A lawsuit against the city of Monticello contesting its plans to create a high-speed fiber-optic network has been dismissed.
The suit had been filed by Bridgewater Telephone Co., also known as TDS Telecom, one of the leading telecommunications companies in the country.
The company and the city have been arguing for more than a year over TDS building a fiber-optic ring or upgrading its existing system to provide high-speed access to residents, businesses and city offices and agencies.
When the company hesitated, the city moved to create its own system, which should be completed next year and would compete with the company.
The city conducted a referendum in which about 75 percent of those voting approved spending $25 million in revenue bonds to create the city-owned system.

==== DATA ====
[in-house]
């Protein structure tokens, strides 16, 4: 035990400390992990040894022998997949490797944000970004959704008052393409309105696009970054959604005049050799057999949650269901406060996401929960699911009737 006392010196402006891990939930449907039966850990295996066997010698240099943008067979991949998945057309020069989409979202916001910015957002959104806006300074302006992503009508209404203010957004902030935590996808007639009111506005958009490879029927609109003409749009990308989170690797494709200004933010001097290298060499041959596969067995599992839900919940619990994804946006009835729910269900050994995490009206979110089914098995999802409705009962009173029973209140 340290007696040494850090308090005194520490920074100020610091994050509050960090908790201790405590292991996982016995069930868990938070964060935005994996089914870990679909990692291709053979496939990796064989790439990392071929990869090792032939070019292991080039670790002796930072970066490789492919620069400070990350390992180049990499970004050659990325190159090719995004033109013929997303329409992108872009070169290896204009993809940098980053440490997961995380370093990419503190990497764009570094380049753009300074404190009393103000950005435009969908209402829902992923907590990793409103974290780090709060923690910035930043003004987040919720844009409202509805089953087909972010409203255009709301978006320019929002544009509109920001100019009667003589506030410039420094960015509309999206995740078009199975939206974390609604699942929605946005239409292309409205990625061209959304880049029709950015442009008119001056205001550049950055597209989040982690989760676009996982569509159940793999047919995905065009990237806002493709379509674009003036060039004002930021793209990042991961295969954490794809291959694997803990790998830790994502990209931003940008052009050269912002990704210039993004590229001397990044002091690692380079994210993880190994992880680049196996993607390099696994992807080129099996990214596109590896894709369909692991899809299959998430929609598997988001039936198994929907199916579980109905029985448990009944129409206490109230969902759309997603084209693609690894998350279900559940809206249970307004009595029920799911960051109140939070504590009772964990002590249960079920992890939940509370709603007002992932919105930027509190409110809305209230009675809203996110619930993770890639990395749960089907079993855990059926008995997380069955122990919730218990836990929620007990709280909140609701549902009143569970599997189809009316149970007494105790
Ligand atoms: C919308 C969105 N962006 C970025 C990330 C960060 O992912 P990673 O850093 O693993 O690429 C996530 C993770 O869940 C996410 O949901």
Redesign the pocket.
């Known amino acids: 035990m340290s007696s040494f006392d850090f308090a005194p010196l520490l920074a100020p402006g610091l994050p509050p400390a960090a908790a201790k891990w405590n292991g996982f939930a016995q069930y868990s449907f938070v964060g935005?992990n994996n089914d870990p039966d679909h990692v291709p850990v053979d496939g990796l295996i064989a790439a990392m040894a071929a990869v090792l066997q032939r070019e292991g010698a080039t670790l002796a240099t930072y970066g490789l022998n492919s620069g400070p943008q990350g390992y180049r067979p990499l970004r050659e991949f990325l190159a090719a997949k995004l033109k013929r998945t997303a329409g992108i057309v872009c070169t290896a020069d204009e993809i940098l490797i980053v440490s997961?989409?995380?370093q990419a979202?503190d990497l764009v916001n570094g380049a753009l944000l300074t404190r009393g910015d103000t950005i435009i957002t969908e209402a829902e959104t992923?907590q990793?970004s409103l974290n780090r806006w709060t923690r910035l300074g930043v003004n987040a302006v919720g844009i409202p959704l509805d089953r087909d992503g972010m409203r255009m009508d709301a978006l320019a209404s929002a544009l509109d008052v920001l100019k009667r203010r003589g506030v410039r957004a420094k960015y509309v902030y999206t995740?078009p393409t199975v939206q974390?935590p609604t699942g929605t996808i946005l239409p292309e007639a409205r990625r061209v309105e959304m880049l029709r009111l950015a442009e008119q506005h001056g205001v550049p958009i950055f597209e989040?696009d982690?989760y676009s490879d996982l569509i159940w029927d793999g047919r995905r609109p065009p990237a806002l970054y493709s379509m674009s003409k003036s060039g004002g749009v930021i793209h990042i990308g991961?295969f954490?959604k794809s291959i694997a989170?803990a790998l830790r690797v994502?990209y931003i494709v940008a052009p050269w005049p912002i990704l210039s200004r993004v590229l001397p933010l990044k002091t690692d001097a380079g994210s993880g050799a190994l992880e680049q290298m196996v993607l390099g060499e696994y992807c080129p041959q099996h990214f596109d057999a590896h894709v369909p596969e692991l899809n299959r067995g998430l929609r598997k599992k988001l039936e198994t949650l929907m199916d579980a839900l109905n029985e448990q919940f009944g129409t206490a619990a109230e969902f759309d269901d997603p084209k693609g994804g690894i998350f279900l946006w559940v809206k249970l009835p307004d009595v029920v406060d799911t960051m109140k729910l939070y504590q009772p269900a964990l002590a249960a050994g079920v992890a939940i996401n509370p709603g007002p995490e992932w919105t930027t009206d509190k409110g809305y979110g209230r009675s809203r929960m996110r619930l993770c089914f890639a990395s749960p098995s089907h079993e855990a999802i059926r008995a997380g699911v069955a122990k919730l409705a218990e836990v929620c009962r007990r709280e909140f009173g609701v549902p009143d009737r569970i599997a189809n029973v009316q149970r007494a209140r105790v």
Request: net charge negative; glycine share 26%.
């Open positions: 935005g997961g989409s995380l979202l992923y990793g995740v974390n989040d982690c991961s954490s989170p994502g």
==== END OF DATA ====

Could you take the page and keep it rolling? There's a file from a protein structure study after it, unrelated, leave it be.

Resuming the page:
The company now is upgrading its system, but also filed suit contending that Monticello was illegally using the revenue bonds to finance its project.
Revenue bonds are traditionally used by communities to pay for public infrastructure or community improvements, such as a new swimming pool, if the projects are considered a convenience for the public. They are sold to investors after being approved by voters in a referendum.
The company's argument was dismissed this week by Wright County District Judge Jonathan Jasper, who ruled that the city has the authority to use the money for public services such as a high-speed network.
HERÓN MÁRQUEZ ESTRADA